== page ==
In cooperation with Neue Kunst in Hamburg e.V., the Kunstverein is pleased to present the young artist Daiga Grantina (*1985 in Riga, Latvia) with her first major solo exhibition in Germany. The show marks the start of the Kunstverein’s Best & Boldest series featuring a variety of young artists who work in all media and with different convictions, but have one thing in common: the multifaceted engagement with questions of our reality.
Daiga Grantina sculpts voluptuous shapes from perforated and semi-transparent surfaces. Between apparent monumentality and frail lightness, Grantina’s organic sculptures drip, climb, or float through the exhibition space, seemingly undergoing constant metamorphosis of supposed opposite material states such as liquid and solid or soft and hard.
While thriving on a long list of sculptural and painterly positions, a particular reference for Granti- na’s exhibition at the Kunstverein is the iconic painting The Mountain (1936-37) by the notorious French artist Balthus, whose characters she transferred to three-dimensionality and disassembled into amorphous shapes.
The voluminous sculptures function as organisms made of industrial materials and knick-knacks. PVC, ventilation pipes, iridescent wires, and cable ties assume allegorical functions as organs or bowels, referring to the technical augmentations of the body today. Spun as bundles between floor and ceiling, Grantina’s current series of works—the so-called Buffs—are cocoon-like bodies or exoskeletons, created from expanded elastane stiffened by a cover of liquid plastic.
Combining recent and new pieces, a focal point for this exhibition is its strong methodological reference to the manufacturing of the soft candy: Salt Water Taffy. According to scientist Otto Rössler, the machine producing this gluey all-American sweet the “Taffy Puller” is illustrating the rules of chaotic, fluid dynamics. The edible sugar bonbon is made by stretching a crystalline mass and re-layering this via a continuous rotation from surface to depth—installing air in its midst—each moment of the process being unique and unrepeatable. Inspiring the on-going coalescence of matter in her artistic practice, Grantina’s irretrievable gestures run in similar non-linear orbits.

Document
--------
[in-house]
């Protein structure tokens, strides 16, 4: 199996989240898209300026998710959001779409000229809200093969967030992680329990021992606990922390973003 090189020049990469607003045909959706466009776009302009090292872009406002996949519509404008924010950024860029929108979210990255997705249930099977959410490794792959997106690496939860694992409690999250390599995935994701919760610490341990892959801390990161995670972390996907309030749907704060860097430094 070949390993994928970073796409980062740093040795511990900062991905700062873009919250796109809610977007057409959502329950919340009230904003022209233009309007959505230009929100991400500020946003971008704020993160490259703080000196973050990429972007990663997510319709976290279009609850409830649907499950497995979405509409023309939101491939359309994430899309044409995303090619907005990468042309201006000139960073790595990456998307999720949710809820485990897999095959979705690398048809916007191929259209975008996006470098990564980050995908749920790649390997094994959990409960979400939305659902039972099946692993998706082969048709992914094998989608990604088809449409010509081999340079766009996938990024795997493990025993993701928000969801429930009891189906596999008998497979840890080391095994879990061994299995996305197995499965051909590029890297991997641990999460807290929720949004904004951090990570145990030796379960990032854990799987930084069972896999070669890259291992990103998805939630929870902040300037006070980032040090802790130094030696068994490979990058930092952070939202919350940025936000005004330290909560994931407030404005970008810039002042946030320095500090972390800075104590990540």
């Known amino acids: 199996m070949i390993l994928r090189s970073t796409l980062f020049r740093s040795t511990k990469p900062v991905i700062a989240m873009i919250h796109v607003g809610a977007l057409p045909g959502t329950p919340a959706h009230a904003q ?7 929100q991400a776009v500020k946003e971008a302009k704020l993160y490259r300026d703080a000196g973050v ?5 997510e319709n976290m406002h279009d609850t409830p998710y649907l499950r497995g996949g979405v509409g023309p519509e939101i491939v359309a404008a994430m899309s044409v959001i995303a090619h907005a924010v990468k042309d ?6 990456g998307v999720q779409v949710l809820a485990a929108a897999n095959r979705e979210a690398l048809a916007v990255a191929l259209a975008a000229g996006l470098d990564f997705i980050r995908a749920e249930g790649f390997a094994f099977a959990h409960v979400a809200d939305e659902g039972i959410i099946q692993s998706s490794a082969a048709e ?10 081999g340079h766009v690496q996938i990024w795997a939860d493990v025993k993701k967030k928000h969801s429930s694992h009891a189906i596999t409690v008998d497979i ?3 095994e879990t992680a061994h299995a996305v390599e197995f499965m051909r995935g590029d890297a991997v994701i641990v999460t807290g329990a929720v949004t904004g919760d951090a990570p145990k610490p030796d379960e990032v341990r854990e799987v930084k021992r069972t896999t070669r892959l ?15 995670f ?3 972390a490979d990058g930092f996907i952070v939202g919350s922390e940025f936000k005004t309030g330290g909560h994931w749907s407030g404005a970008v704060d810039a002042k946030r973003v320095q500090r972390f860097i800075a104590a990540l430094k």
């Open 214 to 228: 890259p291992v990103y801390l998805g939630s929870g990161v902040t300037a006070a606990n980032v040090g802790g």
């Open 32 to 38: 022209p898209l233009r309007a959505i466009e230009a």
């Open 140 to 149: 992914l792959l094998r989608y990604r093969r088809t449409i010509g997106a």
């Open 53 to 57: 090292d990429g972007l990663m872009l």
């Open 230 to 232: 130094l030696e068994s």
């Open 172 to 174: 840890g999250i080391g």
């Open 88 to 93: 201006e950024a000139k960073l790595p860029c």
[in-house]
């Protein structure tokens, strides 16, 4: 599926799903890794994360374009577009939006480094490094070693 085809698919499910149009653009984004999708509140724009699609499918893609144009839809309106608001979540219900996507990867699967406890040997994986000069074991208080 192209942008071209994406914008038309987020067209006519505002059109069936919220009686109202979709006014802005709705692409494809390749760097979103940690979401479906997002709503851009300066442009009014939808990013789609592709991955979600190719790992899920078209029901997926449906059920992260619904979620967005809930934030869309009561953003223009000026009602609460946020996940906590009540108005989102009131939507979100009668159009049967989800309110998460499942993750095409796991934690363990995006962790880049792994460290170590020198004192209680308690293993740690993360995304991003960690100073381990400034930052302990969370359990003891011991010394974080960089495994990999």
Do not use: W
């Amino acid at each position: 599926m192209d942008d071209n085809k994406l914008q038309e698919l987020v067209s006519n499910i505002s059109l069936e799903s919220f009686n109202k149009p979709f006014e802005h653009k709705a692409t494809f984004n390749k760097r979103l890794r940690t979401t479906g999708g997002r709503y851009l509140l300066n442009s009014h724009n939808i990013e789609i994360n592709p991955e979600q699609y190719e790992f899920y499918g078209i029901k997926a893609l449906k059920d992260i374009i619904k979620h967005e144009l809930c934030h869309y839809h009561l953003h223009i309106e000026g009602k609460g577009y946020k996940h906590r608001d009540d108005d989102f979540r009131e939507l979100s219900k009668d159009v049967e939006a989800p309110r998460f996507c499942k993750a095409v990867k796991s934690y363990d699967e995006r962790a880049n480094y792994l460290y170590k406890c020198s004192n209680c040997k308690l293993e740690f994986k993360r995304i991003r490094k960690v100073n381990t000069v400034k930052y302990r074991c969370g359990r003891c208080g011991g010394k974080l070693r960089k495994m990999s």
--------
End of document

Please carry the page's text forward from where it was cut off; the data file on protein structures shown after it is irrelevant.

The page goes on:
Instead of a traditional sculptural permanence or solidity, her pieces give (even after their creation) an impression of ceaseless transformation.
At the Kunstverein, Grantina’s matter subtly absorbs its surrounding exhibition space into a grand three-dimensional tableau. In an equally invasive and inclusive drive her intervention shifts, col- ours, and undresses the institutional pillars and walls. A narrative audio guide by author Mary Rinebold Copeland forms a tangential story, emerging from her conversations with Grantina, and invites the viewer to weave the disparate visual and audible components into a montage-like, cinematographic experience.
Curated by Rhea Dall
Courtesy of the artist
Photocredit Fred Dott